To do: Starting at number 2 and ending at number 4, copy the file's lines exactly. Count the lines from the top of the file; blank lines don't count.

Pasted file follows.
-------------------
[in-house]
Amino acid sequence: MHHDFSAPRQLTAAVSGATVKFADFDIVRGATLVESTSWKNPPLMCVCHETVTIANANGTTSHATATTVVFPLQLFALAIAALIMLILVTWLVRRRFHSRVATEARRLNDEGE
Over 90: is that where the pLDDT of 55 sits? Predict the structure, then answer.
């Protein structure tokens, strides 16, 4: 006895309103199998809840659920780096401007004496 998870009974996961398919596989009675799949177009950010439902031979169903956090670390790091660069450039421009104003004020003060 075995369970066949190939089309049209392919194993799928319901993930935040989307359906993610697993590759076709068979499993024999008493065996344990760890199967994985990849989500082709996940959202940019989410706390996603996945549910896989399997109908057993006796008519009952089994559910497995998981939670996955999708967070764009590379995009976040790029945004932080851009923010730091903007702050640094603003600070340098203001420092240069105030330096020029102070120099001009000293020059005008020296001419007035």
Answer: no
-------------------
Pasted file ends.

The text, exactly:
Amino acid sequence: MHHDFSAPRQLTAAVSGATVKFADFDIVRGATLVESTSWKNPPLMCVCHETVTIANANGTTSHATATTVVFPLQLFALAIAALIMLILVTWLVRRRFHSRVATEARRLNDEGE
Over 90: is that where the pLDDT of 55 sits? Predict the structure, then answer.
């Protein structure tokens, strides 16, 4: 006895309103199998809840659920780096401007004496 998870009974996961398919596989009675799949177009950010439902031979169903956090670390790091660069450039421009104003004020003060 075995369970066949190939089309049209392919194993799928319901993930935040989307359906993610697993590759076709068979499993024999008493065996344990760890199967994985990849989500082709996940959202940019989410706390996603996945549910896989399997109908057993006796008519009952089994559910497995998981939670996955999708967070764009590379995009976040790029945004932080851009923010730091903007702050640094603003600070340098203001420092240069105030330096020029102070120099001009000293020059005008020296001419007035």